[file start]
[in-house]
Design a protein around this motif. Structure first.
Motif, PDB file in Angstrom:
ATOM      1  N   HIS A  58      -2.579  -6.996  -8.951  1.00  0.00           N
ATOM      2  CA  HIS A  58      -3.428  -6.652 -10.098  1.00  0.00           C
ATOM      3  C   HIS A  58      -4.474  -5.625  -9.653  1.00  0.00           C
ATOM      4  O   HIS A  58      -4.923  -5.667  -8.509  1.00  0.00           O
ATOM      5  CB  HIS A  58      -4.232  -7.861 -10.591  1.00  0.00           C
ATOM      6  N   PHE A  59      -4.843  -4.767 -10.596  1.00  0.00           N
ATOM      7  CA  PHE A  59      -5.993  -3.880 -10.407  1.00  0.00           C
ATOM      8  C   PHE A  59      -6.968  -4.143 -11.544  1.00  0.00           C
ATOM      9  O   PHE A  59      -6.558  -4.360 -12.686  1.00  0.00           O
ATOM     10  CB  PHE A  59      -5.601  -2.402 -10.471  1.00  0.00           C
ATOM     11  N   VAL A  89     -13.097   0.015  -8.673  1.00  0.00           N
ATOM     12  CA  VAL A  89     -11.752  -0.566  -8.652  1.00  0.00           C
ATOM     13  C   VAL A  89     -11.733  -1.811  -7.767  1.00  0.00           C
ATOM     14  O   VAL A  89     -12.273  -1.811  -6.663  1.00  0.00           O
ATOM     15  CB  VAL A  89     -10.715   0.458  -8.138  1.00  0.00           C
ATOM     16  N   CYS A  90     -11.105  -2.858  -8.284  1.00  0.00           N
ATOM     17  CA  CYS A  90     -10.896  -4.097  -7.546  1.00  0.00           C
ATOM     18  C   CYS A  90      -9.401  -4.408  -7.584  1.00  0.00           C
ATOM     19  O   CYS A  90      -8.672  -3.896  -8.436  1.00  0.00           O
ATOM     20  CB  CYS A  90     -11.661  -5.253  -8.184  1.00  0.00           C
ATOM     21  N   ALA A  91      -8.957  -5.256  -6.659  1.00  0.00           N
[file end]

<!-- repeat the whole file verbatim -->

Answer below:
[in-house]
Design a protein around this motif. Structure first.
Motif, PDB file in Angstrom:
ATOM      1  N   HIS A  58      -2.579  -6.996  -8.951  1.00  0.00           N
ATOM      2  CA  HIS A  58      -3.428  -6.652 -10.098  1.00  0.00           C
ATOM      3  C   HIS A  58      -4.474  -5.625  -9.653  1.00  0.00           C
ATOM      4  O   HIS A  58      -4.923  -5.667  -8.509  1.00  0.00           O
ATOM      5  CB  HIS A  58      -4.232  -7.861 -10.591  1.00  0.00           C
ATOM      6  N   PHE A  59      -4.843  -4.767 -10.596  1.00  0.00           N
ATOM      7  CA  PHE A  59      -5.993  -3.880 -10.407  1.00  0.00           C
ATOM      8  C   PHE A  59      -6.968  -4.143 -11.544  1.00  0.00           C
ATOM      9  O   PHE A  59      -6.558  -4.360 -12.686  1.00  0.00           O
ATOM     10  CB  PHE A  59      -5.601  -2.402 -10.471  1.00  0.00           C
ATOM     11  N   VAL A  89     -13.097   0.015  -8.673  1.00  0.00           N
ATOM     12  CA  VAL A  89     -11.752  -0.566  -8.652  1.00  0.00           C
ATOM     13  C   VAL A  89     -11.733  -1.811  -7.767  1.00  0.00           C
ATOM     14  O   VAL A  89     -12.273  -1.811  -6.663  1.00  0.00           O
ATOM     15  CB  VAL A  89     -10.715   0.458  -8.138  1.00  0.00           C
ATOM     16  N   CYS A  90     -11.105  -2.858  -8.284  1.00  0.00           N
ATOM     17  CA  CYS A  90     -10.896  -4.097  -7.546  1.00  0.00           C
ATOM     18  C   CYS A  90      -9.401  -4.408  -7.584  1.00  0.00           C
ATOM     19  O   CYS A  90      -8.672  -3.896  -8.436  1.00  0.00           O
ATOM     20  CB  CYS A  90     -11.661  -5.253  -8.184  1.00  0.00           C
ATOM     21  N   ALA A  91      -8.957  -5.256  -6.659  1.00  0.00           N